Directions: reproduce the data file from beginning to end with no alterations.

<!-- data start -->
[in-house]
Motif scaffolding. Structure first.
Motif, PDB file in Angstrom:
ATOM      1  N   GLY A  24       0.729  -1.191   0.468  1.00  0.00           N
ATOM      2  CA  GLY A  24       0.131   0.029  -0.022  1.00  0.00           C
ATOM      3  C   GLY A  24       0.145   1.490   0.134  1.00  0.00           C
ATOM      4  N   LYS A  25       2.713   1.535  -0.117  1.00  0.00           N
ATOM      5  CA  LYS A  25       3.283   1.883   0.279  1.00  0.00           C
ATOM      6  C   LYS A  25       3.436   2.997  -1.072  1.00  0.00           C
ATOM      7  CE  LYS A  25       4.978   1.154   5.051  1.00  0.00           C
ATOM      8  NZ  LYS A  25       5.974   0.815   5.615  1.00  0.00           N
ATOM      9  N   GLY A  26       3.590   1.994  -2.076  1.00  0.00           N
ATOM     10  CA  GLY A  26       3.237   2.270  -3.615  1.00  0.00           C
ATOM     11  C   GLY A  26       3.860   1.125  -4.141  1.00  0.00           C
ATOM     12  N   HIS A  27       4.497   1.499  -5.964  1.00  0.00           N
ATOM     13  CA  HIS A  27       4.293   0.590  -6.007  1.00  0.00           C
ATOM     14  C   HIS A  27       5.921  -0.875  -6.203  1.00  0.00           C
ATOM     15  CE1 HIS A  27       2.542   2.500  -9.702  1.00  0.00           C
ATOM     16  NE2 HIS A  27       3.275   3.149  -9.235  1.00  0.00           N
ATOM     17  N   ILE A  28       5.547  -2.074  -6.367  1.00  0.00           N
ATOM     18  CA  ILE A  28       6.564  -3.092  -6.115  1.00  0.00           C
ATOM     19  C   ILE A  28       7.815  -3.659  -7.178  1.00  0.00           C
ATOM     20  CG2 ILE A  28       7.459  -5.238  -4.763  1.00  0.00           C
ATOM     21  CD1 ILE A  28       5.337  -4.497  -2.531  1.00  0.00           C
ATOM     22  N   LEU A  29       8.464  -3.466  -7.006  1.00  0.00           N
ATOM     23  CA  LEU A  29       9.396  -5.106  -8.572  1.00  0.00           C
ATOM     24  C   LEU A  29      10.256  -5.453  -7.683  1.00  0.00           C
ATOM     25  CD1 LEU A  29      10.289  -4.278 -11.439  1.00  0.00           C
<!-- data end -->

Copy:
[in-house]
Motif scaffolding. Structure first.
Motif, PDB file in Angstrom:
ATOM      1  N   GLY A  24       0.729  -1.191   0.468  1.00  0.00           N
ATOM      2  CA  GLY A  24       0.131   0.029  -0.022  1.00  0.00           C
ATOM      3  C   GLY A  24       0.145   1.490   0.134  1.00  0.00           C
ATOM      4  N   LYS A  25       2.713   1.535  -0.117  1.00  0.00           N
ATOM      5  CA  LYS A  25       3.283   1.883   0.279  1.00  0.00           C
ATOM      6  C   LYS A  25       3.436   2.997  -1.072  1.00  0.00           C
ATOM      7  CE  LYS A  25       4.978   1.154   5.051  1.00  0.00           C
ATOM      8  NZ  LYS A  25       5.974   0.815   5.615  1.00  0.00           N
ATOM      9  N   GLY A  26       3.590   1.994  -2.076  1.00  0.00           N
ATOM     10  CA  GLY A  26       3.237   2.270  -3.615  1.00  0.00           C
ATOM     11  C   GLY A  26       3.860   1.125  -4.141  1.00  0.00           C
ATOM     12  N   HIS A  27       4.497   1.499  -5.964  1.00  0.00           N
ATOM     13  CA  HIS A  27       4.293   0.590  -6.007  1.00  0.00           C
ATOM     14  C   HIS A  27       5.921  -0.875  -6.203  1.00  0.00           C
ATOM     15  CE1 HIS A  27       2.542   2.500  -9.702  1.00  0.00           C
ATOM     16  NE2 HIS A  27       3.275   3.149  -9.235  1.00  0.00           N
ATOM     17  N   ILE A  28       5.547  -2.074  -6.367  1.00  0.00           N
ATOM     18  CA  ILE A  28       6.564  -3.092  -6.115  1.00  0.00           C
ATOM     19  C   ILE A  28       7.815  -3.659  -7.178  1.00  0.00           C
ATOM     20  CG2 ILE A  28       7.459  -5.238  -4.763  1.00  0.00           C
ATOM     21  CD1 ILE A  28       5.337  -4.497  -2.531  1.00  0.00           C
ATOM     22  N   LEU A  29       8.464  -3.466  -7.006  1.00  0.00           N
ATOM     23  CA  LEU A  29       9.396  -5.106  -8.572  1.00  0.00           C
ATOM     24  C   LEU A  29      10.256  -5.453  -7.683  1.00  0.00           C
ATOM     25  CD1 LEU A  29      10.289  -4.278 -11.439  1.00  0.00           C